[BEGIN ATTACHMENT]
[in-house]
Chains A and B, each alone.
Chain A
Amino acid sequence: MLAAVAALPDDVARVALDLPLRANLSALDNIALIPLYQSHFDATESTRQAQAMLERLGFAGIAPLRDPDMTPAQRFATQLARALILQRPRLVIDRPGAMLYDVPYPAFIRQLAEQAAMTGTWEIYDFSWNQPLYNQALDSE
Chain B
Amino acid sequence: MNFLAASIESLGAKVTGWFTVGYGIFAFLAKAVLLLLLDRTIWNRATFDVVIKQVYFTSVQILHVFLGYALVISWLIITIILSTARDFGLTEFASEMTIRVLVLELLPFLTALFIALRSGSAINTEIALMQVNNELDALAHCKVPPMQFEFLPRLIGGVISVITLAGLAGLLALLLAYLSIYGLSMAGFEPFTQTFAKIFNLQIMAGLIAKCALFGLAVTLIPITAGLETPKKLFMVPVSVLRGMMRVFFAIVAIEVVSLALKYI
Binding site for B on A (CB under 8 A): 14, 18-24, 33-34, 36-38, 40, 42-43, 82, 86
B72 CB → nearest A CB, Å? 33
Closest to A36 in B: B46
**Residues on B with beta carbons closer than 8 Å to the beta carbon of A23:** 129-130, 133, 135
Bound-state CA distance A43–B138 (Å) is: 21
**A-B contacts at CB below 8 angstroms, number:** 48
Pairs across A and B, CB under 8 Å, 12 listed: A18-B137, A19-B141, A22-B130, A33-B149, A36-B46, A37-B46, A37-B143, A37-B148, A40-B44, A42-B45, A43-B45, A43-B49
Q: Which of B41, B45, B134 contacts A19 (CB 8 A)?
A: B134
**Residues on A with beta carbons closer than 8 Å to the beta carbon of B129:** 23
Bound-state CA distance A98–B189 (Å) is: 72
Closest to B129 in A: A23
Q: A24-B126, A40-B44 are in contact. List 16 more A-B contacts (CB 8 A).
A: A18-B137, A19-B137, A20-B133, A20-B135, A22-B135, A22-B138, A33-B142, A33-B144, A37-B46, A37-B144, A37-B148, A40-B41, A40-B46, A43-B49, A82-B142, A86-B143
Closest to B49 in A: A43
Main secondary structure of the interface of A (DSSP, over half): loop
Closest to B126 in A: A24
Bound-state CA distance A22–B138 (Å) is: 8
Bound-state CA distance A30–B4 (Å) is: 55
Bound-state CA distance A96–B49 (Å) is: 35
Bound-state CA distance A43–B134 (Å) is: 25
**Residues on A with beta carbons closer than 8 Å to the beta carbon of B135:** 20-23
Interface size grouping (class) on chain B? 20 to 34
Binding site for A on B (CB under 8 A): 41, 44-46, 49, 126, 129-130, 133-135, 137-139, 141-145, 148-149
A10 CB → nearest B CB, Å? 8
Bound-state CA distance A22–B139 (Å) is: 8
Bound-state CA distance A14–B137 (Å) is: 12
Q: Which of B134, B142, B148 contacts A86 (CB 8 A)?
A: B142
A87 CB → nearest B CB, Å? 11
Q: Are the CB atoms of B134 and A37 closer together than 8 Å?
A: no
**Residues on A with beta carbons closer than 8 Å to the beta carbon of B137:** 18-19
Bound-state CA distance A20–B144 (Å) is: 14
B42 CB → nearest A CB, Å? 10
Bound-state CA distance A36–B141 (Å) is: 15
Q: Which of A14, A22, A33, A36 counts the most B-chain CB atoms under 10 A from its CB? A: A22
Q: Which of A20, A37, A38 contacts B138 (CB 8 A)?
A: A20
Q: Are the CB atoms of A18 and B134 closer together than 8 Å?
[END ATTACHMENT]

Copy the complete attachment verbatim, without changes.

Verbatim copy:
[in-house]
Chains A and B, each alone.
Chain A
Amino acid sequence: MLAAVAALPDDVARVALDLPLRANLSALDNIALIPLYQSHFDATESTRQAQAMLERLGFAGIAPLRDPDMTPAQRFATQLARALILQRPRLVIDRPGAMLYDVPYPAFIRQLAEQAAMTGTWEIYDFSWNQPLYNQALDSE
Chain B
Amino acid sequence: MNFLAASIESLGAKVTGWFTVGYGIFAFLAKAVLLLLLDRTIWNRATFDVVIKQVYFTSVQILHVFLGYALVISWLIITIILSTARDFGLTEFASEMTIRVLVLELLPFLTALFIALRSGSAINTEIALMQVNNELDALAHCKVPPMQFEFLPRLIGGVISVITLAGLAGLLALLLAYLSIYGLSMAGFEPFTQTFAKIFNLQIMAGLIAKCALFGLAVTLIPITAGLETPKKLFMVPVSVLRGMMRVFFAIVAIEVVSLALKYI
Binding site for B on A (CB under 8 A): 14, 18-24, 33-34, 36-38, 40, 42-43, 82, 86
B72 CB → nearest A CB, Å? 33
Closest to A36 in B: B46
**Residues on B with beta carbons closer than 8 Å to the beta carbon of A23:** 129-130, 133, 135
Bound-state CA distance A43–B138 (Å) is: 21
**A-B contacts at CB below 8 angstroms, number:** 48
Pairs across A and B, CB under 8 Å, 12 listed: A18-B137, A19-B141, A22-B130, A33-B149, A36-B46, A37-B46, A37-B143, A37-B148, A40-B44, A42-B45, A43-B45, A43-B49
Q: Which of B41, B45, B134 contacts A19 (CB 8 A)?
A: B134
**Residues on A with beta carbons closer than 8 Å to the beta carbon of B129:** 23
Bound-state CA distance A98–B189 (Å) is: 72
Closest to B129 in A: A23
Q: A24-B126, A40-B44 are in contact. List 16 more A-B contacts (CB 8 A).
A: A18-B137, A19-B137, A20-B133, A20-B135, A22-B135, A22-B138, A33-B142, A33-B144, A37-B46, A37-B144, A37-B148, A40-B41, A40-B46, A43-B49, A82-B142, A86-B143
Closest to B49 in A: A43
Main secondary structure of the interface of A (DSSP, over half): loop
Closest to B126 in A: A24
Bound-state CA distance A22–B138 (Å) is: 8
Bound-state CA distance A30–B4 (Å) is: 55
Bound-state CA distance A96–B49 (Å) is: 35
Bound-state CA distance A43–B134 (Å) is: 25
**Residues on A with beta carbons closer than 8 Å to the beta carbon of B135:** 20-23
Interface size grouping (class) on chain B? 20 to 34
Binding site for A on B (CB under 8 A): 41, 44-46, 49, 126, 129-130, 133-135, 137-139, 141-145, 148-149
A10 CB → nearest B CB, Å? 8
Bound-state CA distance A22–B139 (Å) is: 8
Bound-state CA distance A14–B137 (Å) is: 12
Q: Which of B134, B142, B148 contacts A86 (CB 8 A)?
A: B142
A87 CB → nearest B CB, Å? 11
Q: Are the CB atoms of B134 and A37 closer together than 8 Å?
A: no
**Residues on A with beta carbons closer than 8 Å to the beta carbon of B137:** 18-19
Bound-state CA distance A20–B144 (Å) is: 14
B42 CB → nearest A CB, Å? 10
Bound-state CA distance A36–B141 (Å) is: 15
Q: Which of A14, A22, A33, A36 counts the most B-chain CB atoms under 10 A from its CB? A: A22
Q: Which of A20, A37, A38 contacts B138 (CB 8 A)?
A: A20
Q: Are the CB atoms of A18 and B134 closer together than 8 Å?